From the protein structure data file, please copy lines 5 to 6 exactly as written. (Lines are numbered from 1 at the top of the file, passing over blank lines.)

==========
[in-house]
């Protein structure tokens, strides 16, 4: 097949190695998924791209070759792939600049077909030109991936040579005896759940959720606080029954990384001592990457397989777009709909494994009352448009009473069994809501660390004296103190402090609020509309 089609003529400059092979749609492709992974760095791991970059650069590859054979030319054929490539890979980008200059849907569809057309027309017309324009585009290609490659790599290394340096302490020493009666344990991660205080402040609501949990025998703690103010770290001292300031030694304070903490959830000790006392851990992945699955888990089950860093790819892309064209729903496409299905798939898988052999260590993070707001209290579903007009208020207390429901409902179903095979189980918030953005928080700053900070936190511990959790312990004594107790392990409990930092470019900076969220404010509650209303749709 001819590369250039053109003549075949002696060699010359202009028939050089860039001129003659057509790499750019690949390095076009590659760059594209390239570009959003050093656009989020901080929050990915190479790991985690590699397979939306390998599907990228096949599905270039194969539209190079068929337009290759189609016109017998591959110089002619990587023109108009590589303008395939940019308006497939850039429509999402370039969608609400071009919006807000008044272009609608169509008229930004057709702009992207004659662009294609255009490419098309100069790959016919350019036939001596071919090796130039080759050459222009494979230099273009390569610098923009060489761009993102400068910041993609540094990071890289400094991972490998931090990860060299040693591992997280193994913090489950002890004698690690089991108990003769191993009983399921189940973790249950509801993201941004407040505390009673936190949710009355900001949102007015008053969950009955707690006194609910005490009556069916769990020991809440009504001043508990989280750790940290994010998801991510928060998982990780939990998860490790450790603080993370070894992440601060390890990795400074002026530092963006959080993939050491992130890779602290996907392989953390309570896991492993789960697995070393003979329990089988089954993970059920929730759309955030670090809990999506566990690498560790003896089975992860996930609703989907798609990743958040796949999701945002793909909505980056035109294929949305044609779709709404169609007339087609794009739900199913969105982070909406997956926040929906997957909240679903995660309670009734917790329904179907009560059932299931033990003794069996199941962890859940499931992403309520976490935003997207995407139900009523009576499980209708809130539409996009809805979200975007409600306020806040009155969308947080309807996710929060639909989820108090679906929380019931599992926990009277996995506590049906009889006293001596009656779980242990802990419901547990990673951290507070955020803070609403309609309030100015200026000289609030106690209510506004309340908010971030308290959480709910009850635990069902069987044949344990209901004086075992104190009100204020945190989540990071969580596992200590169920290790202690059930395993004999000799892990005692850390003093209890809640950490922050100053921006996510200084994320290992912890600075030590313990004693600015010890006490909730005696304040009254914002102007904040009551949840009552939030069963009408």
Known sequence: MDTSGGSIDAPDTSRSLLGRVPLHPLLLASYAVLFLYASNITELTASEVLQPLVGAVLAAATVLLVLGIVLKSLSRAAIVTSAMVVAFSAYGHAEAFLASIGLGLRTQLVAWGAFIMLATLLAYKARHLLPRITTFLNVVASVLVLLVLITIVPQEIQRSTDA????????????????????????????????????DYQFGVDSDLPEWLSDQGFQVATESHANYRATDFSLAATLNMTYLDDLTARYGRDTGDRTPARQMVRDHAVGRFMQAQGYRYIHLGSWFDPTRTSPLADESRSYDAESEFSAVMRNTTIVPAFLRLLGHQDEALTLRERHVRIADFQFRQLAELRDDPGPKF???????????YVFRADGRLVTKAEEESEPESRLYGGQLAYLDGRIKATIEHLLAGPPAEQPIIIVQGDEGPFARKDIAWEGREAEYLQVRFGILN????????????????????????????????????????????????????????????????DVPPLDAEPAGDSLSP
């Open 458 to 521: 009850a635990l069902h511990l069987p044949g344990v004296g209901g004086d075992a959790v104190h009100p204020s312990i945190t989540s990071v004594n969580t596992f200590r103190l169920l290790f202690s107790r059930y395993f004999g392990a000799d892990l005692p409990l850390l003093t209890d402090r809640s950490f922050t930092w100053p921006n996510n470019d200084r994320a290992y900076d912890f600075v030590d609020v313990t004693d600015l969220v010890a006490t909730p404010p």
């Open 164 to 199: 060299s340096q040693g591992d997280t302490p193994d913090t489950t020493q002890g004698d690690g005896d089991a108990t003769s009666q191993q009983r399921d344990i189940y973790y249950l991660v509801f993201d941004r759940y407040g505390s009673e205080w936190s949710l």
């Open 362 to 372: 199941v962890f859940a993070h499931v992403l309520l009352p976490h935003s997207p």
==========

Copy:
């Open 164 to 199: 060299s340096q040693g591992d997280t302490p193994d913090t489950t020493q002890g004698d690690g005896d089991a108990t003769s009666q191993q009983r399921d344990i189940y973790y249950l991660v509801f993201d941004r759940y407040g505390s009673e205080w936190s949710l």
């Open 362 to 372: 199941v962890f859940a993070h499931v992403l309520l009352p976490h935003s997207p």